The SADI weight loss procedure is a recent evolution of the Duodenal Switch, an older procedure. The key difference is that only one Intestinal join is made in SADI-S, compared to two in the Duodenal Switch.
With fewer surgical connections in the intestine, the chance of an intestinal leak or blockage is reduced.
In each instance of anastomosis or surgical connection being made, two separate parts of the digestive system are brought together, whether the stomach and/or a part of the intestine. Each connection can have a chance of a leak of gastrointestinal contents, and two connections significantly increase the risk of internal herniation, trapped bowel, and bowel obstruction.
The innovation of SADI-S over the traditional Duodenal Swithch is to design the surgery so that only one surgical connection is made. This results in less likelihood of surgical complications.
Are SADI And SIPS Surgeries The Same?
The SADI weight loss surgery is also known by a number of other names, such as:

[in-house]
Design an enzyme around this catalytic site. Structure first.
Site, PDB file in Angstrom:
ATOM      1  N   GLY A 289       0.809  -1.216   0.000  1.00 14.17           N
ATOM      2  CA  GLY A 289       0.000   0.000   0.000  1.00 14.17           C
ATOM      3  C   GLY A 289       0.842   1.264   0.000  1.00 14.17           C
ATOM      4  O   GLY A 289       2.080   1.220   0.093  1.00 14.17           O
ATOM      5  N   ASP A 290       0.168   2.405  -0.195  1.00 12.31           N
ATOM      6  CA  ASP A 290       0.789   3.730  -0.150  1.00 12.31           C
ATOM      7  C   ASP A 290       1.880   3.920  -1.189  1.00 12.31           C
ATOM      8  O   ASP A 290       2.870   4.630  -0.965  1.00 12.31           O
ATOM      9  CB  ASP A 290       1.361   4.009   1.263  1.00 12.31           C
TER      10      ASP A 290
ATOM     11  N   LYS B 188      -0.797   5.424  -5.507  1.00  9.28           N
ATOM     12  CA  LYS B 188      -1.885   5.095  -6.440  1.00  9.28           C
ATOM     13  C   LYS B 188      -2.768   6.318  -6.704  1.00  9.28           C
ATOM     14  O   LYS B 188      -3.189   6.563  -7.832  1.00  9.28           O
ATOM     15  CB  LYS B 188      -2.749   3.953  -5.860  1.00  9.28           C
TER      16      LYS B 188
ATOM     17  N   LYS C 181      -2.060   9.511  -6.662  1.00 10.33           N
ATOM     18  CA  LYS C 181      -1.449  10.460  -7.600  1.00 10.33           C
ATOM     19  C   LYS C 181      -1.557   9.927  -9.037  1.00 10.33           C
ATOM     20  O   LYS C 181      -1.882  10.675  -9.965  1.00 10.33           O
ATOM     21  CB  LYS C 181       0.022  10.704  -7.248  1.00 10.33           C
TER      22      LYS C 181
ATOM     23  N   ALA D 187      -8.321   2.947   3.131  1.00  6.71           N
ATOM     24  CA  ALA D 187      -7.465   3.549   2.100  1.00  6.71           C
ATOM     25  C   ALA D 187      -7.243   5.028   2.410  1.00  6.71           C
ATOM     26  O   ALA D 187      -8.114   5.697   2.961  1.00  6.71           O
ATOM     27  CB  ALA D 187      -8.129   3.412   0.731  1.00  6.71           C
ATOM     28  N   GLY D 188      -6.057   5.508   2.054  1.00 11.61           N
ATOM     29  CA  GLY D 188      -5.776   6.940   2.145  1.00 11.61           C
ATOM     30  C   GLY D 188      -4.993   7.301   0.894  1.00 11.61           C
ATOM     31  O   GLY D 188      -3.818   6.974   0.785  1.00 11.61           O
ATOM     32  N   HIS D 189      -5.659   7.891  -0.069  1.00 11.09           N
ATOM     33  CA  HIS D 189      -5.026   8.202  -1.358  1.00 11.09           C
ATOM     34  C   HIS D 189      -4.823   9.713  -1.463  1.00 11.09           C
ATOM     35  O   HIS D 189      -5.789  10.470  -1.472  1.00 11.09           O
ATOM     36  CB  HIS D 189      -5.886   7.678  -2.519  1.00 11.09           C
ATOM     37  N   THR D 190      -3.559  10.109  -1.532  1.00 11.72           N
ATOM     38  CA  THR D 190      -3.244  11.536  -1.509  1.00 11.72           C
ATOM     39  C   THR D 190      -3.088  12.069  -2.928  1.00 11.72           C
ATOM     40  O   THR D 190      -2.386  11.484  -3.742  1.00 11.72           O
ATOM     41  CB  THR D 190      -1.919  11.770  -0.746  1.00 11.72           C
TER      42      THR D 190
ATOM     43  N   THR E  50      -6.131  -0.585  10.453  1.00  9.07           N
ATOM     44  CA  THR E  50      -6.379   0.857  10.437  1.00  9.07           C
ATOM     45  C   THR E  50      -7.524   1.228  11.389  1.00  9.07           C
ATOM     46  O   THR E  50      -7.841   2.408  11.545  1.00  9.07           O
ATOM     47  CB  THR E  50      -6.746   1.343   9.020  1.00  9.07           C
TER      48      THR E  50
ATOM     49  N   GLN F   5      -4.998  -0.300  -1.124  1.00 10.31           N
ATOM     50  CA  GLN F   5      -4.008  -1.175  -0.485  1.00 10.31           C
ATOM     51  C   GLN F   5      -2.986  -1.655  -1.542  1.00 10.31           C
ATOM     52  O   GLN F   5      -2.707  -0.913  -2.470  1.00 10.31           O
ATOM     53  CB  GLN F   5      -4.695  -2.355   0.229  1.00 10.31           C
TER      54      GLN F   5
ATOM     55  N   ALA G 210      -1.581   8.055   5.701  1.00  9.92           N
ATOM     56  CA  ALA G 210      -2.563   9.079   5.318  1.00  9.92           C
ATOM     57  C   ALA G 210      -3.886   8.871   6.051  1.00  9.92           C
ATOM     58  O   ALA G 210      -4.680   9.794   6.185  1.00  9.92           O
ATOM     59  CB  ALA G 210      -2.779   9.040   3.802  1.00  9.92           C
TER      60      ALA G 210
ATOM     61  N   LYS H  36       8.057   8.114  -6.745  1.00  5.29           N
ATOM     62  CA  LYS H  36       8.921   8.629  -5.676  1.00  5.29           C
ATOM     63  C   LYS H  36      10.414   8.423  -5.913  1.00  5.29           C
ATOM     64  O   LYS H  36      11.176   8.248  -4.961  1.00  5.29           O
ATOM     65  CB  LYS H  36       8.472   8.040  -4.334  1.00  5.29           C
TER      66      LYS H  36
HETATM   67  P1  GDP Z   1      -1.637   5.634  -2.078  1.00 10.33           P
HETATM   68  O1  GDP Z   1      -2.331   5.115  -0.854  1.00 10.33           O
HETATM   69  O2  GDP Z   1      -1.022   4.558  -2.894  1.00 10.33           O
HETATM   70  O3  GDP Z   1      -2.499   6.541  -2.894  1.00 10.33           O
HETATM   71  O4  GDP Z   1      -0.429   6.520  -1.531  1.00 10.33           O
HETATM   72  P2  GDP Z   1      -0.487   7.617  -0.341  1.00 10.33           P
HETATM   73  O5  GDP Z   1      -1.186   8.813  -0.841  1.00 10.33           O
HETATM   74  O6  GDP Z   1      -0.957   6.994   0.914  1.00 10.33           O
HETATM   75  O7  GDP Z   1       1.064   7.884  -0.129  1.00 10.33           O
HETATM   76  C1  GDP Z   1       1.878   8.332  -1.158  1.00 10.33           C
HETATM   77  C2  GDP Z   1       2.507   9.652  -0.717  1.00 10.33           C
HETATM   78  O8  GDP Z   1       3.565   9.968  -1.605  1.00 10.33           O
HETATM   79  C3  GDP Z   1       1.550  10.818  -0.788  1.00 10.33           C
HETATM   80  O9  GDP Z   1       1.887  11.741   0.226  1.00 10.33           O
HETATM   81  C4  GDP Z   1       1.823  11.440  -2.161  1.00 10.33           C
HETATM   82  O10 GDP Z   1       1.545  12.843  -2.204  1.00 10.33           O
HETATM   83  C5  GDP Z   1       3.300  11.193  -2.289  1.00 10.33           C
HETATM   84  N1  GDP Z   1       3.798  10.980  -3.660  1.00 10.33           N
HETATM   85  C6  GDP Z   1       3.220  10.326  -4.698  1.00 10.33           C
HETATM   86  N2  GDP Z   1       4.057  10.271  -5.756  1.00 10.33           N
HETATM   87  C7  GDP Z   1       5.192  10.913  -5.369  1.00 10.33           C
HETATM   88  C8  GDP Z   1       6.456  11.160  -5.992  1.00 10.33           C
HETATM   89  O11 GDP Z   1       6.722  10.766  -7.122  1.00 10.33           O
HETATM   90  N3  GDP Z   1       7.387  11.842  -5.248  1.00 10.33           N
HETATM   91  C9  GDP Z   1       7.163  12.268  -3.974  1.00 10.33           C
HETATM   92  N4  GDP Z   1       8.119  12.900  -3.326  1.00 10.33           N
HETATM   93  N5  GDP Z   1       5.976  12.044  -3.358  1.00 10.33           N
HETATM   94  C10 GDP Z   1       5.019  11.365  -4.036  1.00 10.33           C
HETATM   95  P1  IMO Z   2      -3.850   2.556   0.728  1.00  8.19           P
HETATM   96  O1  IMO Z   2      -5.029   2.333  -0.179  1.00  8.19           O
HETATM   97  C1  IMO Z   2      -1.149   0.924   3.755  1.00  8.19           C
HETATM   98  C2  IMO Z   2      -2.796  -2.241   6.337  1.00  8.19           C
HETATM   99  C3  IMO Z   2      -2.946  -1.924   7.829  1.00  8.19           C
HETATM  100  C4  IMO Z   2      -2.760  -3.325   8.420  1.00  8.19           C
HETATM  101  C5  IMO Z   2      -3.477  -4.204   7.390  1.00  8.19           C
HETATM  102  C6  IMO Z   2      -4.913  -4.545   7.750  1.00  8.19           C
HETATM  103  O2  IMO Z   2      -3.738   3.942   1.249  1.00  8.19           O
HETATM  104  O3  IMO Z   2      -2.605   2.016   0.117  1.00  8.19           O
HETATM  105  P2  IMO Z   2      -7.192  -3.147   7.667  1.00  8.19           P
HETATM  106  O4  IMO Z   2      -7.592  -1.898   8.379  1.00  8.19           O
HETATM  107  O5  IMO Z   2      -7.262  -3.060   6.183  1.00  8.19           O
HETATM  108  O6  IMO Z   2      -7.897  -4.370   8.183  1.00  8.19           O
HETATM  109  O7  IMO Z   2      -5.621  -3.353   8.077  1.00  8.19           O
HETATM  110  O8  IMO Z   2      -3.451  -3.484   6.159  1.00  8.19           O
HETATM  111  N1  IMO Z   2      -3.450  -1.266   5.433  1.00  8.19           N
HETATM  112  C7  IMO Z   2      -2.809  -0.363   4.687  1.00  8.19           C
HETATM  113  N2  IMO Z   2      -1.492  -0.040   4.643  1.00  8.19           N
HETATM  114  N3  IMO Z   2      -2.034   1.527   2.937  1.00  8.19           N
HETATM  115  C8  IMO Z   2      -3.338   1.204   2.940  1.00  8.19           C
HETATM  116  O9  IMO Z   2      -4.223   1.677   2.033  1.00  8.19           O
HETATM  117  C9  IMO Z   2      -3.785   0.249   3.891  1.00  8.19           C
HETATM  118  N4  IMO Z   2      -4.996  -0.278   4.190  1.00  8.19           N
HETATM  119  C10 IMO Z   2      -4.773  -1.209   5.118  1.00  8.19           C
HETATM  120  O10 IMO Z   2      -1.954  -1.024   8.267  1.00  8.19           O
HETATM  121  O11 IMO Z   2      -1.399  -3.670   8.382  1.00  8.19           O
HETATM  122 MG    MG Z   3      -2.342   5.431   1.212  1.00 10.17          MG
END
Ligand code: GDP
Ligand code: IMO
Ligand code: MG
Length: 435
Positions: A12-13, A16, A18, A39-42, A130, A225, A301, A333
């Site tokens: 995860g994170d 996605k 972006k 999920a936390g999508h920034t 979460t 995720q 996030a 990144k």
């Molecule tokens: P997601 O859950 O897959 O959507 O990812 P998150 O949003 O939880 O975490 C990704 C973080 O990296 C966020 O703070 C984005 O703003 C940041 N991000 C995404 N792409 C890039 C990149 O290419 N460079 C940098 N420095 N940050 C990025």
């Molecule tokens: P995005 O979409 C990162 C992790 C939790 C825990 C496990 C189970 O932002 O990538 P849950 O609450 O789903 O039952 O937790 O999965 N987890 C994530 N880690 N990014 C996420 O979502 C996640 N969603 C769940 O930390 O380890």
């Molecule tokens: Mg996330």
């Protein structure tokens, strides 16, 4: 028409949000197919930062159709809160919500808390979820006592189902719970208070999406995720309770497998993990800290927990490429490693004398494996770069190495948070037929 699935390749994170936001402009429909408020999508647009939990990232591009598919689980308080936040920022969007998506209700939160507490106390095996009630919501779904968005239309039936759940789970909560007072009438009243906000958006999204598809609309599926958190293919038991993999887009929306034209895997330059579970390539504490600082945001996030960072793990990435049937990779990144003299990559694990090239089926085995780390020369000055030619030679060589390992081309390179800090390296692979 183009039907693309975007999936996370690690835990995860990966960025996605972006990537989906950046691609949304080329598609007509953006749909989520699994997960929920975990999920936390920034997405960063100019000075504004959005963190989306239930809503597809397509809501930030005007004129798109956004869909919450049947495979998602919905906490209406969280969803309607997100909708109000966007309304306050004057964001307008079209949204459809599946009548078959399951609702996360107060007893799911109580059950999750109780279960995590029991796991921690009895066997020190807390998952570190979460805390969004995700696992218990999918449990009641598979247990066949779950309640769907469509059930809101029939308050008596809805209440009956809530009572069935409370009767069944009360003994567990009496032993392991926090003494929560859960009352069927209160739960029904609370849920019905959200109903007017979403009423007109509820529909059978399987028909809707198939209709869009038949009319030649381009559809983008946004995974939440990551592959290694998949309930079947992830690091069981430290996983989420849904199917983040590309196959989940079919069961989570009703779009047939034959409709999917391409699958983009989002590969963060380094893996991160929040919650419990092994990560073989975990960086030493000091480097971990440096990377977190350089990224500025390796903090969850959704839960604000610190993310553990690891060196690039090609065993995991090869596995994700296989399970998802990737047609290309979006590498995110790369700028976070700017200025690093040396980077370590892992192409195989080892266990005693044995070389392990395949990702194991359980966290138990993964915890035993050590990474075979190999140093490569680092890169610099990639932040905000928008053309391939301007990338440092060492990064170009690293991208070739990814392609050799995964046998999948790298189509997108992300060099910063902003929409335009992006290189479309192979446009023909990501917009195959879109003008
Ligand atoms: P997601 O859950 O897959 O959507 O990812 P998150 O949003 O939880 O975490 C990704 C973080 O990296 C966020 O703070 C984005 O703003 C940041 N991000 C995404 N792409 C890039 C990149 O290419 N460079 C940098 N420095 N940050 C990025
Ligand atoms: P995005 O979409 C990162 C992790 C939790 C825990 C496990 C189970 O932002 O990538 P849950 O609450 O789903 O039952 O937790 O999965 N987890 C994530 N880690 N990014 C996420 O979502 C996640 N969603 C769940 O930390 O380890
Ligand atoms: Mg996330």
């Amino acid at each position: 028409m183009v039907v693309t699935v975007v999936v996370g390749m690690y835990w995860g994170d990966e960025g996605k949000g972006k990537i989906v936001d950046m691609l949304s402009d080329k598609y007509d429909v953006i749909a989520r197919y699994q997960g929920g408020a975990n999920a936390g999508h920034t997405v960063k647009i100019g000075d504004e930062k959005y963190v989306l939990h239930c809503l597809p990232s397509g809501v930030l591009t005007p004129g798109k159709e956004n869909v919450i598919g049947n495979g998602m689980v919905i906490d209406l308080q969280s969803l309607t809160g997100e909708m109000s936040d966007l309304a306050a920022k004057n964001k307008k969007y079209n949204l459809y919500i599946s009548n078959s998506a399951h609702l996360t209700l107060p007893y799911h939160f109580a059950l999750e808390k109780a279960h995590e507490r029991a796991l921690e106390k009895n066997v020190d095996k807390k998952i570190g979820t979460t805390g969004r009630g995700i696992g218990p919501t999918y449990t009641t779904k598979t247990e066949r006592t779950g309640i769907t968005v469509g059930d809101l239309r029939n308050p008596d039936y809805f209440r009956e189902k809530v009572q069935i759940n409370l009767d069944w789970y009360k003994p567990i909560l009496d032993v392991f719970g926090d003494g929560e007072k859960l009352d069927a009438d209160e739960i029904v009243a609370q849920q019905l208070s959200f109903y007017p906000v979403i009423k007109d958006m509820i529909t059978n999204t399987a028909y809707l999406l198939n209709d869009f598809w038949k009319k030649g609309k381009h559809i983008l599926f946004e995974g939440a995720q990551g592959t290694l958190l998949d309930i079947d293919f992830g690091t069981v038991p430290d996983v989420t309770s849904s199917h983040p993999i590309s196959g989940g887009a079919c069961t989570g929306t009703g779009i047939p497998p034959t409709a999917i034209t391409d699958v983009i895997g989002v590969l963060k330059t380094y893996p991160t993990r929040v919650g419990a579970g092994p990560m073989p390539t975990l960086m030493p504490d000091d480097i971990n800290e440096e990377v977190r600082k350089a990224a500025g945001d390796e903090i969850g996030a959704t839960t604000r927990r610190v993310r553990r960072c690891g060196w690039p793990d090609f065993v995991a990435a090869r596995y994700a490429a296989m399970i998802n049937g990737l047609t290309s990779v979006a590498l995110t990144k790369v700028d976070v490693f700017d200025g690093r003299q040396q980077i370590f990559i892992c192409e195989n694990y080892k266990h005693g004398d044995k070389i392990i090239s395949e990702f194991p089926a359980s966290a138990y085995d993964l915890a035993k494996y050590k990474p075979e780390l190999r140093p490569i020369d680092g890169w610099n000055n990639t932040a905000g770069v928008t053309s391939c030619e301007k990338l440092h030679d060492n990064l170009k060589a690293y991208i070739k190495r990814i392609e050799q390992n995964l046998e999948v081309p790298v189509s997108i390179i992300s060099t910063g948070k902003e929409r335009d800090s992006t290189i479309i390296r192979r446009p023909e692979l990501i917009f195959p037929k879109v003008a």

- Single anastomosis duodeno-ileal bypass with sleeve gastrectomy (SADI-S)
- Stomach intestinal pylorus preserving surgery (SIPS)
- One or Single anastomosis loop duodenal switch (OADS, SALDS)
- Single anastomosis duodenal switch (SADS)
- Single anastomosis duodeno-ileal switch (SADIS)
- Single anastomosis duodenal-jejunal bypass with sleeve gastrectomy (SADJB-SG)
SADI-S or SIPS surgeries are the most common names for the SADI weight loss procedure.
However, SADI-S is not the same as the duodenal switch or bilio-pancreatic diversion. The duodenal switch is the older surgery that SADI-S evolved out of, and the operation and results are different.
Single Anastomosis Duodenaljejunal Bypass with Sleeve Gastrectomy (SADJB-SG)
SADI is partially reversible. The SADI weight loss procedure has two parts: The Sleeve Gastrectomy in the stomach, which is irreversible, and the intestinal bypass, which is reversible.
Because Sleeve Gastrectomy is the removal of a section of the stomach, this part of the SADI bariatric surgery is not reversible.
However, the SADI bariatric surgery leaves the upper part of the small intestine intact. The bypass surgery simply diverts around this part of the intestine, called the duodenum and jejunum, while leaving them intact.
For this reason, the bypass of a SADI bariatric surgery can be reversed. Another surgery is needed to return the intestine to its original form. This may be advised for patients who lose too much weight following their SADI weight loss surgery.